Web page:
• It transformed relationships by facilitating partnerships across sectors toward a common goal and nurturing existing ones. HPRI brings the research community studying homelessness together with funders, service providers, and people with lived experience to collectively discuss pressing research needs and inform current policies and on-the-ground practices. Similarly, researchers have a platform through the HPRI Research Committee to connect more frequently, which has enabled faculty members and consulting research firms to collaborate so new relationships form.

  • It has centered Black and Brown voices by fostering leadership and encouraging community engagement. As part of their commitment to equity, HPRI has earmarked resources to support the involvement of the Race Equity Committee cochairs, who also serve on the HPRI Steering Committee. The cochairs are people with expertise in racial equity and also hold marginalized racial identities themselves. By providing resources and a platform for leadership and convening, HPRI has not only centered underrepresented voices in its collaborative but also within the larger research community. The committee also includes service providers and lived experience committee members who advise on HPRI’s activities and research approaches. Lastly, HPRI as an organization is now coled by a Black managing director and white director institutionalizing Black leadership, modeling white allyship and exemplifying HPRI’s core value of collaboration.

  • It has redistributed power through coproduction. As a designated backbone organization with resources, HPRI is able to manage and move forward the collective’s work while also sharing power with its committee members. Through its various committees and with strategic advisement from the Steering Committee, decisions made by HPRI often take time but ensure that ownership of the organization is shared rather than through the top down. Such an approach is required for challenging the status quo through iterative learning for promoting new anti-racist practices.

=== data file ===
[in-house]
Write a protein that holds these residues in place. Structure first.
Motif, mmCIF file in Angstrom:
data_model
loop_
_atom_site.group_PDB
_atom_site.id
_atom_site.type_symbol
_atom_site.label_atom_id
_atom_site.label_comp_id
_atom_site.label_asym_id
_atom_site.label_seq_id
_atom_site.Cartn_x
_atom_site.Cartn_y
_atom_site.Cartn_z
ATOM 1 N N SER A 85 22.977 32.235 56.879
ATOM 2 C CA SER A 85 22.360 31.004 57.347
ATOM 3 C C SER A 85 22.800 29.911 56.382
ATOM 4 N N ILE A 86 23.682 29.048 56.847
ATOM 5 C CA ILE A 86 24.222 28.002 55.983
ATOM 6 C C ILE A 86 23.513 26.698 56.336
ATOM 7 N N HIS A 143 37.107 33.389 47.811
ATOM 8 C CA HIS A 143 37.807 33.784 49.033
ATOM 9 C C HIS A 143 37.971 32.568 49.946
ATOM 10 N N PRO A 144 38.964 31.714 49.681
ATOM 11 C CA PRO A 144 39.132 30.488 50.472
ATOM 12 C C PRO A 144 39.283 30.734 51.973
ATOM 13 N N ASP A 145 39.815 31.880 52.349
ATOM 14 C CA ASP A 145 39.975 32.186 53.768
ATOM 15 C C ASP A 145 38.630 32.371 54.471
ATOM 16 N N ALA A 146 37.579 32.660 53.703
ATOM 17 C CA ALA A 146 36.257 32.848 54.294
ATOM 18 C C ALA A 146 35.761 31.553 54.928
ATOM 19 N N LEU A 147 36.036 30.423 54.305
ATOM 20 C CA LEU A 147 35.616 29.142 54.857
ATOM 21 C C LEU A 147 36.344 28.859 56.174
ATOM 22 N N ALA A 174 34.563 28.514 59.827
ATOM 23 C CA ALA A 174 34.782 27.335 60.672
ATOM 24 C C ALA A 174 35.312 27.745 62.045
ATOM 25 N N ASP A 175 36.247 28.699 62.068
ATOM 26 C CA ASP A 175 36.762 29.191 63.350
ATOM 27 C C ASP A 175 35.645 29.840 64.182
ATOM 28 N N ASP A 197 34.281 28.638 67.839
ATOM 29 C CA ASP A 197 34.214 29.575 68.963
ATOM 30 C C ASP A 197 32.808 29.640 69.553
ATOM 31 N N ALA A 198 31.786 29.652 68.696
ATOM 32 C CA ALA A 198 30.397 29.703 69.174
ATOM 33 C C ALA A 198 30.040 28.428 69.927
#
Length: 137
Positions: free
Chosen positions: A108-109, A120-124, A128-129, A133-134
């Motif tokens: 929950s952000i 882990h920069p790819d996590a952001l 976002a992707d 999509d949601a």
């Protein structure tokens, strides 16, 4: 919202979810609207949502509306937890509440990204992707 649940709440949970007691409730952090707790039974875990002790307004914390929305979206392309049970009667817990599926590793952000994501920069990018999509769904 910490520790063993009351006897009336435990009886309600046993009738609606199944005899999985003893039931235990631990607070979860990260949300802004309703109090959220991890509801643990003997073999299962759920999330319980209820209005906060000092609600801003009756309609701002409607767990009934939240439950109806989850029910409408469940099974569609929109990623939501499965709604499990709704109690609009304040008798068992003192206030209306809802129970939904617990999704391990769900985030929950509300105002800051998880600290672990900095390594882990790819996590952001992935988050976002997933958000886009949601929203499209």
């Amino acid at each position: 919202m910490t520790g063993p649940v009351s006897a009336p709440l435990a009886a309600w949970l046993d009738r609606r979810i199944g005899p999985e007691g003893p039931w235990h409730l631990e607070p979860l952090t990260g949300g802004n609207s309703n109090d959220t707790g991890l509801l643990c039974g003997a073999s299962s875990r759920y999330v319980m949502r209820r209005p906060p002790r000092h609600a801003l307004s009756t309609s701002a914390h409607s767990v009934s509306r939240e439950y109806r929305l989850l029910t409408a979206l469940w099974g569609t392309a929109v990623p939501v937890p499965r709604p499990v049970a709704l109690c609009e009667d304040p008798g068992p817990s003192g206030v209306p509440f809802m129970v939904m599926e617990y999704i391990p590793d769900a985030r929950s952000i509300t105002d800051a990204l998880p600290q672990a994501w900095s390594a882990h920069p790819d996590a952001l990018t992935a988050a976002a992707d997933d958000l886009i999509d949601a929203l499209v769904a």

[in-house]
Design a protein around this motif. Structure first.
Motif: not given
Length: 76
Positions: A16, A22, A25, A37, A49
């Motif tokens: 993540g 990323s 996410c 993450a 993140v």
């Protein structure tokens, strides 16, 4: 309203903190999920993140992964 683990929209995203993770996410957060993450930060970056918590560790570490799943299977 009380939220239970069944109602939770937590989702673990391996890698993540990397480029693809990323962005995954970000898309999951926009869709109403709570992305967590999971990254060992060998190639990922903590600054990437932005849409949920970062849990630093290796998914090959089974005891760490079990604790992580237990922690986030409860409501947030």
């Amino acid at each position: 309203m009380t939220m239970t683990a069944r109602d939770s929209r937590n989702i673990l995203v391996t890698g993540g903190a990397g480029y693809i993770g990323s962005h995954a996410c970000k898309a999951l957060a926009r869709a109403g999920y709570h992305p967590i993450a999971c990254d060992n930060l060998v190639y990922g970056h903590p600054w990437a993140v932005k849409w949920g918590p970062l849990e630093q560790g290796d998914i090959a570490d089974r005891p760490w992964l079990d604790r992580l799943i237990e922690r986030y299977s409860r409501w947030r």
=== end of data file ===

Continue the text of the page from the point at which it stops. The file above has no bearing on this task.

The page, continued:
• We define and measure success to reflect on the collective’s direction. In addition to metrics such as attendance and convenings, which HPRI tracks to measure growth, the collective engaged in a yearlong strategic planning process to clearly cocreate goals and define the values the organization sought to achieve. An example of this includes the research agenda, which emerged as an activity from HPRI’s strategic planning session. The research agenda provides HPRI an opportunity to not only outline research priorities but also provides a guidepost to ensure there is progress made in each research priority.

Racism continues to be a pervasive issue embedded and perpetuated by our systems, organizations, and relationships. Building equity requires an explicit and institutionalized commitment to anti-racism, one which challenges existing infrastructure that promotes white supremacy culture in American society. While coproduction is not unique to HPRI or social innovation more broadly, the model presented in this essay emphasizes how applied iteration and inclusion promotes equity by identifying and implementing approaches to deeply entrenched racist policy issues. While racism continues to affect housing systems in the United States and Los Angeles, SI offers practitioners and researchers frameworks to operationalize and measure their anti-racist interventions.


  1. It is worth noting that the terms like coproduction, codesign, and cocreation are sometimes used interchangeably in the literature. In fact, coproduction can simply refer to the codelivery of services (Voorber et al., 2015), which is the antithesis of how coproduction is used here.
  2. Dr. Gary Painter has been HPRI’s director since its launch. Saba Mwine-Chang is HPRI’s inaugural managing director beginning in 2022. Prior to this role, she was a Race Equity Working Group cochair. Victoria Ciudad-Real served as a staff member who supported HPRI from 2019 to 2022.